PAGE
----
As we can see, there is a close relationship between the action spectrum and absorption spectrum of photosynthesis. There are many different types of photosynthetic pigments which will absorb light best at different wavelengths. However the most abundant photosynthetic pigment in plants is chlorophyll and therefore the rate of photosynthesis will be the greatest at wavelengths of light best absorbed by chlorophyll (400nm-525nm corresponding to violet-blue light). Very little light is absorbed by chlorophyll at wavelengths of light between 525nm and 625 (green-yellow light) so the rate of photosynthesis will be the least within this range. However, there are other pigments that are able to absorb green-yellow light such as carotene. Even though these are present in small amounts they allow a low rate of photosynthesis to occur at wavelengths of light that chlorophyll cannot absorb.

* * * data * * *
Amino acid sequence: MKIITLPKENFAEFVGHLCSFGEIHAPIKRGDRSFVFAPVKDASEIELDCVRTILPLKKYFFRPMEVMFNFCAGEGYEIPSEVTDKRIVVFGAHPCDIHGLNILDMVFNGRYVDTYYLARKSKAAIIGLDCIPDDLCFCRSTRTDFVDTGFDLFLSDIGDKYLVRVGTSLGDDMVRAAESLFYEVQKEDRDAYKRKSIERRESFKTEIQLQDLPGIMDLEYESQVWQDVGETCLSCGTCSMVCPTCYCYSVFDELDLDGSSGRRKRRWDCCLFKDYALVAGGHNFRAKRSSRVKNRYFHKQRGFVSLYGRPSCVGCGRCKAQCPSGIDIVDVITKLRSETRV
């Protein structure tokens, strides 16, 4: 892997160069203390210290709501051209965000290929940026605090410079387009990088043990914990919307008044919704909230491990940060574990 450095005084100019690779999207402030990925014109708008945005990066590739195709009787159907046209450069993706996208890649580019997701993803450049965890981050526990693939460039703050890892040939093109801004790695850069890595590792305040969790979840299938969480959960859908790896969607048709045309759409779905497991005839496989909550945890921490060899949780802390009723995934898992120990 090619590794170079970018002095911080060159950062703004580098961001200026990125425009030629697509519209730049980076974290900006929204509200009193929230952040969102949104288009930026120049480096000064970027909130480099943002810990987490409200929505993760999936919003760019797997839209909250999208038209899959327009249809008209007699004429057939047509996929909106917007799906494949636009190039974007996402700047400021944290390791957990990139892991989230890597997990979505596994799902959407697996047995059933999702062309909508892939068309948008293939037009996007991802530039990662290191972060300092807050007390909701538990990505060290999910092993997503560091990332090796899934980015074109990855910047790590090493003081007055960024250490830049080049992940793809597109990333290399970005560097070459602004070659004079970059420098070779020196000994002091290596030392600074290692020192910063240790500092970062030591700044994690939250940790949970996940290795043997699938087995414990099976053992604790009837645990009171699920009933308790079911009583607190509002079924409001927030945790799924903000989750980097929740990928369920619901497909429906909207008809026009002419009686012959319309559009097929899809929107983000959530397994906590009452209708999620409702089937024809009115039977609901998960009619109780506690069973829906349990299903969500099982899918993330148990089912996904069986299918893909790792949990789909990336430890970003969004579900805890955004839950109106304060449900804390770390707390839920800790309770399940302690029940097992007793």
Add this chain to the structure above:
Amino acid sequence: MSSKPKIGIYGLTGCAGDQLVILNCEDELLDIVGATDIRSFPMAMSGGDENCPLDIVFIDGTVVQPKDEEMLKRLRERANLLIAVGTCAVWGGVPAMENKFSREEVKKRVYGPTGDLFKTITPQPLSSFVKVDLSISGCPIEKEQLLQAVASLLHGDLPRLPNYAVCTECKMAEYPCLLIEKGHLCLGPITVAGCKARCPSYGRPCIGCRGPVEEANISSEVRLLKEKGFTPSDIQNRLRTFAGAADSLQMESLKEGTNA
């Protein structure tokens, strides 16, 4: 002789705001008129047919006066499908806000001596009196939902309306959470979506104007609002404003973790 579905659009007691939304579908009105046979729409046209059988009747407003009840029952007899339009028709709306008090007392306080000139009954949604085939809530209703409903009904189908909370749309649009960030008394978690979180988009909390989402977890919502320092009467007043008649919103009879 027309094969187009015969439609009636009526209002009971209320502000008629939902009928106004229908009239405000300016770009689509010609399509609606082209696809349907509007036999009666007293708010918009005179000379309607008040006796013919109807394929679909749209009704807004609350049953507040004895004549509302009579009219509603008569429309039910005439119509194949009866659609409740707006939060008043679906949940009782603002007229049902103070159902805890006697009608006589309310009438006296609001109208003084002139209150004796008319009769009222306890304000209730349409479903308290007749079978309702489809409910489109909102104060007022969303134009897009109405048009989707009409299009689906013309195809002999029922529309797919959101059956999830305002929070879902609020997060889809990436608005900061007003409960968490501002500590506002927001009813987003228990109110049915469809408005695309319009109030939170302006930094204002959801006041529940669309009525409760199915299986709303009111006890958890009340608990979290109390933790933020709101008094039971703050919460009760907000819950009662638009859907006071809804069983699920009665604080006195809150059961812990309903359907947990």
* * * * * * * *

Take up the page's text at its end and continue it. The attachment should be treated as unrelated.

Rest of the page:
A timeline can provide additional information about life's history not visible on anevolutionary tree. These include major geologic events, climate changes, radiation oforganisms into new habitats, changes in ecosystems, changes in continental positions, andmajor extinctions. Explore the timeline below to view some of the major events inlife's history.
What are the major events involved in photosynthesis
In respiration energy is released fromsugars when electrons associated with hydrogen are transported to oxygen (theelectron acceptor), and water is formed as a byproduct. The mitochondriause the energy released in this oxidation in order to synthesize ATP. Inphotosynthesis, the electron flow is reversed, the water is split (not formed),and the electrons are transferred from the water to CO2 and in theprocess the energy is used to reduce the CO2 into sugar. Inrespiration the energy yield is 686 kcal per mole of glucose oxidized to CO2,while photosynthesis requires 686 kcal of energy to boost the electrons from thewater to their high-energy perches in the reduced sugar -- light provides thisenergy.